It is possible that instruments from both traditions were combined into one entity. The tárogató has a Persian origin, and it appeared in Hungary during the Turkish wars. Up to about the 18th century, the tárogató was a type of shawm, with a double reed, conical bore, and no keys.
Because the tárogató was an iconic instrument of the Rákóczi’s War for Independence (1703–1711). Its use was suppressed in the 18th century by the Habsburg monarchy. The instrument was eventually abandoned being considered too loud for a concert hall.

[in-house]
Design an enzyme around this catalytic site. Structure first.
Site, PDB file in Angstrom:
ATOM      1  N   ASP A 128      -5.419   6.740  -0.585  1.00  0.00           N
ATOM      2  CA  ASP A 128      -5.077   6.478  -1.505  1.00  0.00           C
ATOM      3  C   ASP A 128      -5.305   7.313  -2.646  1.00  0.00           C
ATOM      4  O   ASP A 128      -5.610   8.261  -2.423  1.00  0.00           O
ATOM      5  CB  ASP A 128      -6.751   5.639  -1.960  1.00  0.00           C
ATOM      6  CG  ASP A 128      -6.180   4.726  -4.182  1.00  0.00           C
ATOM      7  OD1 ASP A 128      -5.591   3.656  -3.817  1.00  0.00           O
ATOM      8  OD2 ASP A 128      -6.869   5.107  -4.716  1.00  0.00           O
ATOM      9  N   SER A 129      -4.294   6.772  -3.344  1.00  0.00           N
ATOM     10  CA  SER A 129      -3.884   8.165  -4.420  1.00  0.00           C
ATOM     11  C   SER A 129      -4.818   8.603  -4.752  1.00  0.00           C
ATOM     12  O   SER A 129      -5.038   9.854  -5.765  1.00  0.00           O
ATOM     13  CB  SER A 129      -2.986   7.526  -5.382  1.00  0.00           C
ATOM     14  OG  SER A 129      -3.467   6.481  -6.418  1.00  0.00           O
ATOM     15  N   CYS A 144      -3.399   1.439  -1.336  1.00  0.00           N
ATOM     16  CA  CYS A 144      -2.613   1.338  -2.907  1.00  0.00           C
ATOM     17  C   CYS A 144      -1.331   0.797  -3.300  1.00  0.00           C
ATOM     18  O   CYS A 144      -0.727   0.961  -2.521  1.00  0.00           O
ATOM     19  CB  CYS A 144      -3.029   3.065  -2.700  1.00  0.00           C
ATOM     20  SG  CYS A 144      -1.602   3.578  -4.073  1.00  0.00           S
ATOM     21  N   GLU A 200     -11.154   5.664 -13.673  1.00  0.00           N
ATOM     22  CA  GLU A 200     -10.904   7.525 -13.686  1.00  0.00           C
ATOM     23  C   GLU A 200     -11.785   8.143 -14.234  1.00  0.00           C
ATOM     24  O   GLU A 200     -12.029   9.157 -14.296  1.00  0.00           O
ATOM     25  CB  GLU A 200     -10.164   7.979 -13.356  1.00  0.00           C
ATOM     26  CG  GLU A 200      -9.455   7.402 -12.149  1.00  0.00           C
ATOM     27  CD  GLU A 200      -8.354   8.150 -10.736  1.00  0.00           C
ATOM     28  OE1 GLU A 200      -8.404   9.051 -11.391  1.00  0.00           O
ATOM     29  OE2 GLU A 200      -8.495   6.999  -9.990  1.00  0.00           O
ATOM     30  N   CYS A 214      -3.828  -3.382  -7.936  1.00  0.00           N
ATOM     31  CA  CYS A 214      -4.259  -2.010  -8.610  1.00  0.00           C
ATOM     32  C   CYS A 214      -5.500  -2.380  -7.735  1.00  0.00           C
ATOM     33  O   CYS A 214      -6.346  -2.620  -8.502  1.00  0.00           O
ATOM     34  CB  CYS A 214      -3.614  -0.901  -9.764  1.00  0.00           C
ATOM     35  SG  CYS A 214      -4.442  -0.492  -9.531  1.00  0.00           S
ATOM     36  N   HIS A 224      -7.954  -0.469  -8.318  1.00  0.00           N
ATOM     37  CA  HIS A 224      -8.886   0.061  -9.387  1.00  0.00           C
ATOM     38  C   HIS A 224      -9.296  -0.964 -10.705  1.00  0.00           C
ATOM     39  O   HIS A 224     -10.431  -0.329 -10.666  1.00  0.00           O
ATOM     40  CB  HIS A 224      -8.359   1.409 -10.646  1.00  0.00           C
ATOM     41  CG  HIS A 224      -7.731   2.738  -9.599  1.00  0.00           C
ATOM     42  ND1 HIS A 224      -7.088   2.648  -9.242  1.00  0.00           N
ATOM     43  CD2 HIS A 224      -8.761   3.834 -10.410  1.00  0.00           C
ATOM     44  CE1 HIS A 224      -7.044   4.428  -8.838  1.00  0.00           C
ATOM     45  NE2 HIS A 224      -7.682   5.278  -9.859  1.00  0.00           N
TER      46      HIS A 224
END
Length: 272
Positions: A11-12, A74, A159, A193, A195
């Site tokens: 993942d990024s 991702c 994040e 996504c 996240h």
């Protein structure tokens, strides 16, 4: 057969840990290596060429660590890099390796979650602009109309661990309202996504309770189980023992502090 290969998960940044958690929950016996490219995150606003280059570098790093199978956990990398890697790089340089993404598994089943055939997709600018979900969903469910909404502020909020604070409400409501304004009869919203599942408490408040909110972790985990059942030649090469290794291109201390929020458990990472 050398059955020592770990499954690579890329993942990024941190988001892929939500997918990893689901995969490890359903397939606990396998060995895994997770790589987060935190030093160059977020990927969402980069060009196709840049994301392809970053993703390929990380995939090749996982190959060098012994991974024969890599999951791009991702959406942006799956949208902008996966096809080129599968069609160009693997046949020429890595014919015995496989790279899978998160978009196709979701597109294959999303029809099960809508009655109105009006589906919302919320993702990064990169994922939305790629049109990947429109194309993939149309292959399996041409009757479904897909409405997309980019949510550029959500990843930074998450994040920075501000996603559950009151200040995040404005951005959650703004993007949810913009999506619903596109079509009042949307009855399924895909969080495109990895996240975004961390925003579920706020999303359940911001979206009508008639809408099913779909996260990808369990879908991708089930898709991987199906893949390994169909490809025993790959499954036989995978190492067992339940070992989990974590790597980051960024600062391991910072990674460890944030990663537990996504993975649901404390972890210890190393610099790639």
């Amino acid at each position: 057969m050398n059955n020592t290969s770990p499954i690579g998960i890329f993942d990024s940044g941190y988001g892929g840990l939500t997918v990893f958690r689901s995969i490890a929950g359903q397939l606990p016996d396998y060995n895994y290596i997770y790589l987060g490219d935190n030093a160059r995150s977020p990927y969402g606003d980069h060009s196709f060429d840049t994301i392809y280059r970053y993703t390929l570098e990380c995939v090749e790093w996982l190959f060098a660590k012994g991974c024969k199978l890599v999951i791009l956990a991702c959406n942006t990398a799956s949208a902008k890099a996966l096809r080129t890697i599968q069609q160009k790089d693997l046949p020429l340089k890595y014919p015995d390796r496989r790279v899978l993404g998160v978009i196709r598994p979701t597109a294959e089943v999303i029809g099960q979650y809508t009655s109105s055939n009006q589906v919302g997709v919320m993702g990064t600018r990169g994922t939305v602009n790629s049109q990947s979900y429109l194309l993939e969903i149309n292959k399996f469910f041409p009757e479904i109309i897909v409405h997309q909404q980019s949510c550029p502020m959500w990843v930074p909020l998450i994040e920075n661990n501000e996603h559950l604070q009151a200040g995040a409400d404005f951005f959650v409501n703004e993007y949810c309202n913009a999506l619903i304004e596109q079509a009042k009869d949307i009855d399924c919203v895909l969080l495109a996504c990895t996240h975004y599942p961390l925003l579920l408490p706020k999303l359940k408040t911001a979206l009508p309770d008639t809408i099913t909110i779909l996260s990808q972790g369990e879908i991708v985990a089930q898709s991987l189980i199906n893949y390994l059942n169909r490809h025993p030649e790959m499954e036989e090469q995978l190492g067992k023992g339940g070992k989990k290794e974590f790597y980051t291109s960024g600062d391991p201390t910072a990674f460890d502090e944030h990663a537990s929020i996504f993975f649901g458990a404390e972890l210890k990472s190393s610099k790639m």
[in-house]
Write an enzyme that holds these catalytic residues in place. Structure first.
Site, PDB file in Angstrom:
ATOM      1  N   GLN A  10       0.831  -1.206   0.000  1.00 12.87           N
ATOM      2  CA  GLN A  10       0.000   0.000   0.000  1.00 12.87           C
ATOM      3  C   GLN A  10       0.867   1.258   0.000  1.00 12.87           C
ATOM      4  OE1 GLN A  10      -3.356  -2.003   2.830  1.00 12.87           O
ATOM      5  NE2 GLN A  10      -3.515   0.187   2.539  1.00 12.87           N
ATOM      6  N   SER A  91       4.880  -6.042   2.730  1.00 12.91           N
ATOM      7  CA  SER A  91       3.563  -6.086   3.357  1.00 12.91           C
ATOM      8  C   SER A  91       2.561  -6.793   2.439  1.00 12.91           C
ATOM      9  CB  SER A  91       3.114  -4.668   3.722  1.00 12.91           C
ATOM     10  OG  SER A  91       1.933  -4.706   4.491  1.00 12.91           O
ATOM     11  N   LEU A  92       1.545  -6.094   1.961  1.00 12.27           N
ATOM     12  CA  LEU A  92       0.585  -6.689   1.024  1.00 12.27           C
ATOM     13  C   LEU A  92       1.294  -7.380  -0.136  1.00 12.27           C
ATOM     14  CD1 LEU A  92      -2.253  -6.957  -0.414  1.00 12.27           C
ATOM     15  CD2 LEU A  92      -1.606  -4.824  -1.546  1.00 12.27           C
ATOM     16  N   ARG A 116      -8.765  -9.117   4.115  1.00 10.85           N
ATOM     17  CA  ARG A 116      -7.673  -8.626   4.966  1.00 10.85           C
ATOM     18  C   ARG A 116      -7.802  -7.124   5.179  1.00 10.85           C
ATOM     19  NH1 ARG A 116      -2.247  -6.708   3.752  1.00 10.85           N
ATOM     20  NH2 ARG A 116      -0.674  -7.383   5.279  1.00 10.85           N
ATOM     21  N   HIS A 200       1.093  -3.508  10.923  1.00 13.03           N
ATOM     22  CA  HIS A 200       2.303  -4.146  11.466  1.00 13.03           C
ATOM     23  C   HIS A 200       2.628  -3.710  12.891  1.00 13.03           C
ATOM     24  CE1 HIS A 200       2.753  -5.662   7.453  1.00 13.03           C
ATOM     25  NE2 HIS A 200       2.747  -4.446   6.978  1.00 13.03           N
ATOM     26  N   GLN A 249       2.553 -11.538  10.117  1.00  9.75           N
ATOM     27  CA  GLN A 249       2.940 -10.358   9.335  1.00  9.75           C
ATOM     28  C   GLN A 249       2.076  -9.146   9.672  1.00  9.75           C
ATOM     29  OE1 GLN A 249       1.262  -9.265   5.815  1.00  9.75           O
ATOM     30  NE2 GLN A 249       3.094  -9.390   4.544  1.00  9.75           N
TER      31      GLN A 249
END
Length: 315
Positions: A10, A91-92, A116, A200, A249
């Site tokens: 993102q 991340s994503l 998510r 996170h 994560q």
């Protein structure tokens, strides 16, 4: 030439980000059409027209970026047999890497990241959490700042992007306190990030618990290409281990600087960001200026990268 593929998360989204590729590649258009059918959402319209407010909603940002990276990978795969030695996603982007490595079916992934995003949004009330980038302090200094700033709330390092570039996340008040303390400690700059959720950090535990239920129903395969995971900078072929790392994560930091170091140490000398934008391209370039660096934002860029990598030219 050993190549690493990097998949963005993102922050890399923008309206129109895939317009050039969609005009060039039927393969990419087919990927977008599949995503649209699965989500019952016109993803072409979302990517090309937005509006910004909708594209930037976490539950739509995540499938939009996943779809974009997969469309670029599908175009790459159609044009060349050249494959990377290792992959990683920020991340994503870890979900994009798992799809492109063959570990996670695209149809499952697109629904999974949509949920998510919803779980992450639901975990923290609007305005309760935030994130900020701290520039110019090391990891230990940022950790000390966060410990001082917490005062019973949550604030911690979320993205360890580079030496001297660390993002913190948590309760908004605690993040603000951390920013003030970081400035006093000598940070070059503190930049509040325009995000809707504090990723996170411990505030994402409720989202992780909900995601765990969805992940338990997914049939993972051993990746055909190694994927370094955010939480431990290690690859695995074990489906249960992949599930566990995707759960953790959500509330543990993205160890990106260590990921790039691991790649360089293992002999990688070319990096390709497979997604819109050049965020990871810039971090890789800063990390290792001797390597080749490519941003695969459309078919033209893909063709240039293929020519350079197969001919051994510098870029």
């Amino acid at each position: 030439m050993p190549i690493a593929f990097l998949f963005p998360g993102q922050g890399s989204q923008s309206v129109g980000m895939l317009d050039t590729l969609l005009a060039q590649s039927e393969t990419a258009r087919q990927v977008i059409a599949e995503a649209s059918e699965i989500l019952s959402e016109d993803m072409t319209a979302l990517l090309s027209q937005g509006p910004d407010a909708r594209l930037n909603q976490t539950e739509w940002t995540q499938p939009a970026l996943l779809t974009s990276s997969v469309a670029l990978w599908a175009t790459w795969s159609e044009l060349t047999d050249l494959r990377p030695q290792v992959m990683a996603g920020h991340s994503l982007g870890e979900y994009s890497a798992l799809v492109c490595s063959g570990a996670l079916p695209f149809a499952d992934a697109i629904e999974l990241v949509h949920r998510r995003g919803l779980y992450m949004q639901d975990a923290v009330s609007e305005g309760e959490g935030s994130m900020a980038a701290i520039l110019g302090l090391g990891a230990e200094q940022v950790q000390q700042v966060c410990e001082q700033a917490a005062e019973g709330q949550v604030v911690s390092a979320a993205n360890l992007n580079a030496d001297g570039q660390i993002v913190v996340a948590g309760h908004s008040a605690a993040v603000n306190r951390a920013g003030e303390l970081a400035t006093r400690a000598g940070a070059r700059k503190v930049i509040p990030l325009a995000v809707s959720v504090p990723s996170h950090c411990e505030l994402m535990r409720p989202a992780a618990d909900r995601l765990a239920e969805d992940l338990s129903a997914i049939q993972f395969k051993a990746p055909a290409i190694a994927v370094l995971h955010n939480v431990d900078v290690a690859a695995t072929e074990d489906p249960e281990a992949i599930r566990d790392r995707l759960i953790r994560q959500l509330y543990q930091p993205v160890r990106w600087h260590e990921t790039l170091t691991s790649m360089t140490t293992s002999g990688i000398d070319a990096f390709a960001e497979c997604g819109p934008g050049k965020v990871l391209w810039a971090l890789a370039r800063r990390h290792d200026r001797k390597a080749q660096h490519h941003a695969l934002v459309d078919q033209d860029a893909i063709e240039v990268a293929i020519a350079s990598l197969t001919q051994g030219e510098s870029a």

In the 1890s a modern version was invented by Vencel József Schunda, a Budapest instrument maker. It uses a single reed, like a clarinet or saxophone, and has a conical bore, similar to the saxophone. The instrument is made of wood, usually black grenadilla wood like a clarinet. The most common size, the soprano tárogató in B♭, is about 29 inches (74 cm) in length and has a mournful sound similar to a cross between an English horn and a soprano saxophone. Other sizes exist; one maker, János Stowasser, advertised a family of seven sizes of which the largest was a contrabass tárogató in E♭. The new tárogató bears very little resemblance with the historical tárogató and the two instruments should not be confused. It has been suggested that the name schundaphone would have been more accurate, but tárogató was used because of the nationalistic image that the original instrument had.
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